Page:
Morrow would probably fetch Mason Raymond, a prospect, and a 2nd round pick.

Any of the Stars’ defense: D Stephane Robidas ($3.3M, UFA 2014), D Sheldon Souray ($1.65 M, UFA 2012), D Mark Fistric ($1.0M, RFA 2012)

Stephane Robidas, Mark Fistric and Sheldon Souray are all unique cases that would vary in price.

Robidas, a hard-nosed defenceman, would be the priciest of the bunch, and I can’t imagine many teams will come calling for Souray. Fistric is an interesting case because of his impending RFA eligibility.

But Robidas is a serviceable right-side defenceman who could slot into the top four easily. If Dallas were willing to swap Ballard at $4.2M for Robidas at $3.3M, it’s a bad contract for a not-so-bad contract.

Fistric is a former Vancouver Giant whose game is simple: Block shots, dish out the hits, and chip the puck off the glass and out. Ugly, isn’t it? But a simple game might be the best remedy on a Vancouver squad laden with forwards who have no problem generating offense.

Both Robidas’ and Fistric’s values are similar to what the Flyers paid for ex-Stars defenceman Niklas Grossman (2nd and 3rd), so if the Canucks are willing to fork over some picks, it can happen.

C Steve Ott, $2.95M, UFA 2014

If having Maxim Lapierre wasn’t bad enough, Ott would ensure the Canucks are the most hated team in the league. But like new Colorado forward Steve Downie, Ott has a bit of a scoring touch to go with his big mouth. He’s a safe bet for 30 points a year, 100PIM and 250 hits.

Would GM Mike Gillis consider a one-for-one swap for Mason Raymond?

Feb 212012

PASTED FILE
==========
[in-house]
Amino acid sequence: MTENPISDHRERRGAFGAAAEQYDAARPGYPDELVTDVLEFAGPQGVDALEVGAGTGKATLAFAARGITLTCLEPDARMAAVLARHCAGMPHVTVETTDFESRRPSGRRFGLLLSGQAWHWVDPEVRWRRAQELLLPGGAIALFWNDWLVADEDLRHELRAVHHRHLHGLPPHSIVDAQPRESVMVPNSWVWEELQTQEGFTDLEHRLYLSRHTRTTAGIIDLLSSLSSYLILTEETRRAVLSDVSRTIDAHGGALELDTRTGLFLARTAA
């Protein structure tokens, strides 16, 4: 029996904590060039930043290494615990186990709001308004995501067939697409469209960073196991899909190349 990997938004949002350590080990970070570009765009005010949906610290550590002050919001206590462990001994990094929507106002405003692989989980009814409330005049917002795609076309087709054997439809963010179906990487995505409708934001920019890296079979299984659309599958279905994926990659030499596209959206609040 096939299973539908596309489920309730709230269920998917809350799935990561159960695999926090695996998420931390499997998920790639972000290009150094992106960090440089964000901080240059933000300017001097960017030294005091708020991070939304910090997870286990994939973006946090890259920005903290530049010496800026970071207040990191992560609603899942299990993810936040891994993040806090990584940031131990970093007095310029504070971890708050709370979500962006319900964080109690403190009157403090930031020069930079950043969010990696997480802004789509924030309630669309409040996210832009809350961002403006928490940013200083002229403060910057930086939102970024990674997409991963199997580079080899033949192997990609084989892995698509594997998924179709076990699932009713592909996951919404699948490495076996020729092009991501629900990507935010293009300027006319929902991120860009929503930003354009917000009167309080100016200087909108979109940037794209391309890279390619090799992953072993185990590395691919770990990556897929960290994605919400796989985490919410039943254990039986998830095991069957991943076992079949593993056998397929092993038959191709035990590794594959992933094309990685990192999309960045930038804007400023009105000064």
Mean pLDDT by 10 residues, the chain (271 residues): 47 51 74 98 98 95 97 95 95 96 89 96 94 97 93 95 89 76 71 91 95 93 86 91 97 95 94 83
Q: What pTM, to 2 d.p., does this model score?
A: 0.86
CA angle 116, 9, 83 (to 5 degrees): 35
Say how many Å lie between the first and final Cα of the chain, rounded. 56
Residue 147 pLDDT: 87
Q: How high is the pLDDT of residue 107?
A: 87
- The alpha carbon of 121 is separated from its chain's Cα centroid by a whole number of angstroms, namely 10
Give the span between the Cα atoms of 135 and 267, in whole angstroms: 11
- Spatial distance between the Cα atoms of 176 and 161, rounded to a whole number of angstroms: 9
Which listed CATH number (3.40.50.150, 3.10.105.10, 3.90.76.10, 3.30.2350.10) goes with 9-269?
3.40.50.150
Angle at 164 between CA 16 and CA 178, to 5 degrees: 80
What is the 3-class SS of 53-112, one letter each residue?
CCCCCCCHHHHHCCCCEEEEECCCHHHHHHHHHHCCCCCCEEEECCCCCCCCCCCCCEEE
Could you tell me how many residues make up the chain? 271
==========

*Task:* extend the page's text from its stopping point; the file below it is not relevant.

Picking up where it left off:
Throughout the week, CHB will host a series of posts highlighting possible trade targets that the Vancouver Canucks could be pursuing at the trade deadline next Monday.

Shane Doan, Phoenix Coyotes

Photo credit: Yahoo!

RW Shane Doan, Phoenix Coyotes, $4.55M, UFA 2012

Long shot? Probably. But let’s put this in perspective. With every day that passes, the chances of the Coyotes staying in Phoenix seem to grow more faint. Seattle is investing city dollars into building a new NHL/NBA arena, and Kansas City and Quebec also seem like logical destinations. All said, the Coyotes will not be staying in Glendale, effectively removing any type of loyalty or allegiance Shane Doan may still tether to the town. So why not trade their most tradable asset who loves that city?

What he brings

Don’t let the aging veteran fool you. Doan can still play a physical game with the best of them, and the leadership intangibles he would bring would be an added bonus in a Canucks dressing room. His 35 career playoff games over a 15-year career also indicate he’s got the hunger to win a Stanley Cup before he rides off in the sunset.

Why he fits